Action on Smoking and Health (ASH) officials have admitted they are concerned at the lack of progress towards a smoke-free New Zealand by 2025, despite the National government agreeing to the goal almost seven years ago.
Recent New Zealand Health Survey figures revealed by the Ministry of Health show that smoking has only declined by 2.5 per cent since 2011/12, with no significant change in smoking rates since the last figures were published in 2016.
The society, who have been campaigning to eliminate the death and harm caused by tobacco since 1983, are equally concerned that nearly two in five Maori women are still smoking.
ASH Programme Manager, Boyd Broughton, said: "Despite increased taxes, removing tobacco displays and mandating plain packs, we are still not making enough progress.
"In 2010 the Maori affairs select committee published a report to Parliament that said 'we strongly believe that innovations in tobacco control should place financial, ethical, and legal pressure primarily on the tobacco industry'."
ASH are now urging the new Health Minister to pick up the challenge and recognise that Smokefree 2025 needs to tackle the industry - especially for Maori.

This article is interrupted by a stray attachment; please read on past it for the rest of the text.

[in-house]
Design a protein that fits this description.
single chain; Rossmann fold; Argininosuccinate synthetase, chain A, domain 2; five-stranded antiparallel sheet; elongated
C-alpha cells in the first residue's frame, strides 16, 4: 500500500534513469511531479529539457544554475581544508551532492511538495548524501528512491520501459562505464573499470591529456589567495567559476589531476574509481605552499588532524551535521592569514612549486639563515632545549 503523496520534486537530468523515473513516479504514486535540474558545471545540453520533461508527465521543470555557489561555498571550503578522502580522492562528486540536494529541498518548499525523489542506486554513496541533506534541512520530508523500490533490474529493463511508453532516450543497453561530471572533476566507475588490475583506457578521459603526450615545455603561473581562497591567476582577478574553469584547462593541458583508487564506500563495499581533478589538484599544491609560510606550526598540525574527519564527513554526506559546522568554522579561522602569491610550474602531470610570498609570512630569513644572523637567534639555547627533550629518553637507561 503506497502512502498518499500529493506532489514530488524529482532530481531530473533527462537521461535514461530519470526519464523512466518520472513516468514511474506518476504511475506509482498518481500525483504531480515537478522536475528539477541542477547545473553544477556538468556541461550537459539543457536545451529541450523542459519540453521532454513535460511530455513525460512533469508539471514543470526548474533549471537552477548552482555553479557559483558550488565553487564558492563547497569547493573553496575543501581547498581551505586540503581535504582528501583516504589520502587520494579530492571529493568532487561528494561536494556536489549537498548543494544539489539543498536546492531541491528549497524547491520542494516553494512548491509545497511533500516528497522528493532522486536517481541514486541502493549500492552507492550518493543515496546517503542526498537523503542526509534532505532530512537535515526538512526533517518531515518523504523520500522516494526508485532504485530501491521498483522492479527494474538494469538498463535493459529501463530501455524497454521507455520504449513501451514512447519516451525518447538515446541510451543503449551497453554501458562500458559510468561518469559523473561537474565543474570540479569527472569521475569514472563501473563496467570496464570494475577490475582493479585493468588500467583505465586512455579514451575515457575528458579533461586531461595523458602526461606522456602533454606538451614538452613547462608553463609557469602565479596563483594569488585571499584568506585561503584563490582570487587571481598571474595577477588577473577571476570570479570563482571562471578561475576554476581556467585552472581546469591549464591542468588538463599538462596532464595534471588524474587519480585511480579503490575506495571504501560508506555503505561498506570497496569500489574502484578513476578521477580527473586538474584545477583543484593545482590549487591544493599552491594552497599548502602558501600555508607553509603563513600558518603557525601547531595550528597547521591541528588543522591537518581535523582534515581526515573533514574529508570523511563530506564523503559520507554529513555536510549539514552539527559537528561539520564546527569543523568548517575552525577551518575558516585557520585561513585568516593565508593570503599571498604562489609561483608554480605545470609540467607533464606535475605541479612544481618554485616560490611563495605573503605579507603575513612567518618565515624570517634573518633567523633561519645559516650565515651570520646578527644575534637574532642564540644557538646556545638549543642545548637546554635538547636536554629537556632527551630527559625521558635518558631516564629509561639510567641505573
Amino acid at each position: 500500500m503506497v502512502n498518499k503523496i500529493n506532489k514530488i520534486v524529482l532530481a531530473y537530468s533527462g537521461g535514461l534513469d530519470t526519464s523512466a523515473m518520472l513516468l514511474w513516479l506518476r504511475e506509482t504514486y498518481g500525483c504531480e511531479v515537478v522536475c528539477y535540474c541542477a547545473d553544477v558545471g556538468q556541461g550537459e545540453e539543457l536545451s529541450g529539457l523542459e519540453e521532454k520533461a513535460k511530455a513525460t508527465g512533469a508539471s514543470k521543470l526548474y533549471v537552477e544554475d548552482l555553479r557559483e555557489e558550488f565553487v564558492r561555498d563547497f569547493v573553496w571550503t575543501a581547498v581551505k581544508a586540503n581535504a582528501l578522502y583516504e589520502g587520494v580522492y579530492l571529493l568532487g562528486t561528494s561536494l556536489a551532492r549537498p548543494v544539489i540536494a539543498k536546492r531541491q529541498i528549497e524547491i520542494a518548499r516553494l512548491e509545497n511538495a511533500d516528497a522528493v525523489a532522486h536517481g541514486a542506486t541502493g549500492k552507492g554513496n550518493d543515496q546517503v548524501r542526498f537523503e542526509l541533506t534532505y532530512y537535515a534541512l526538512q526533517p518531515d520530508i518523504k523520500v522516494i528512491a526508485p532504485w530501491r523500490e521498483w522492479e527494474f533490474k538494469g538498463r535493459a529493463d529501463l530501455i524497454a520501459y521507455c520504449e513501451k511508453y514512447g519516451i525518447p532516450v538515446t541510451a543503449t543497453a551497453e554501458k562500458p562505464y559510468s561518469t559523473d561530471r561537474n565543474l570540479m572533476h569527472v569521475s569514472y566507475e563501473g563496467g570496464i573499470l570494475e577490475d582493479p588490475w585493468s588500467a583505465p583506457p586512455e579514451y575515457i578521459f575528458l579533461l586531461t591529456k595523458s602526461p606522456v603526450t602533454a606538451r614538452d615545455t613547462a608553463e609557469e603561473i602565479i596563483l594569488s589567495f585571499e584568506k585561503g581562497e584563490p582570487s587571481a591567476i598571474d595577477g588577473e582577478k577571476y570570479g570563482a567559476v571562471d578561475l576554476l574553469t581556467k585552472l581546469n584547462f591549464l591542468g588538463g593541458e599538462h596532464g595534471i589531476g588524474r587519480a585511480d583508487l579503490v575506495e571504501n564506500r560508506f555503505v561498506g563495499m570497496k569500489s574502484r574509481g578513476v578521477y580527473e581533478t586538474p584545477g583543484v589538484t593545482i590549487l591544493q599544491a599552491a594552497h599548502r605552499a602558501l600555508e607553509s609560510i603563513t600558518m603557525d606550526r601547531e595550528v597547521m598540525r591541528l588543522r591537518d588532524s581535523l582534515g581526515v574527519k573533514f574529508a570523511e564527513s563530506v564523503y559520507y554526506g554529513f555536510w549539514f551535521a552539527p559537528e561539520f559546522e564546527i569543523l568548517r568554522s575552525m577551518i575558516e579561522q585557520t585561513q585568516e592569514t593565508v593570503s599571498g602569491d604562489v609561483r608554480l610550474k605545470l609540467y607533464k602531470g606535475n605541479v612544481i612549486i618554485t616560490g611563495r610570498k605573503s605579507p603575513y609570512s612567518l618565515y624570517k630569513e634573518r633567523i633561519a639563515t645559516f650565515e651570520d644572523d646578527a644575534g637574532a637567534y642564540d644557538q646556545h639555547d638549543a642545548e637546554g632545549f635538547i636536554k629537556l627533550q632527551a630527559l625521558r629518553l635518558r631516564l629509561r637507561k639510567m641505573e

"Maori told the government that the tobacco industry has got away with exploiting and killing people for too long," added Boyd.
"Holding them to account, and stripping them of their power to addict people to smoking is vital if the government is serious about Smokefree 2025."
"At the current rate of decline it will take until 2030 to get smoking rates under five per cent. For Maori, it will take until 2050.
"That is another generation of smokers, another generation of cancer, heart disease and avoidable deaths for Maori. The tobacco industry has taken enough lives already.
"The new government has a made it clear that they are not afraid to challenge a harmful industry - and tobacco should at the top of this list."
"We can regain progress towards Smokefree 2025. The goal is totally achievable by a bold government. Whilst it is individuals who smoke, it is a tobacco industry that got them hooked.
"It's time to take action against their deadly products and the harm they are causing to New Zealanders."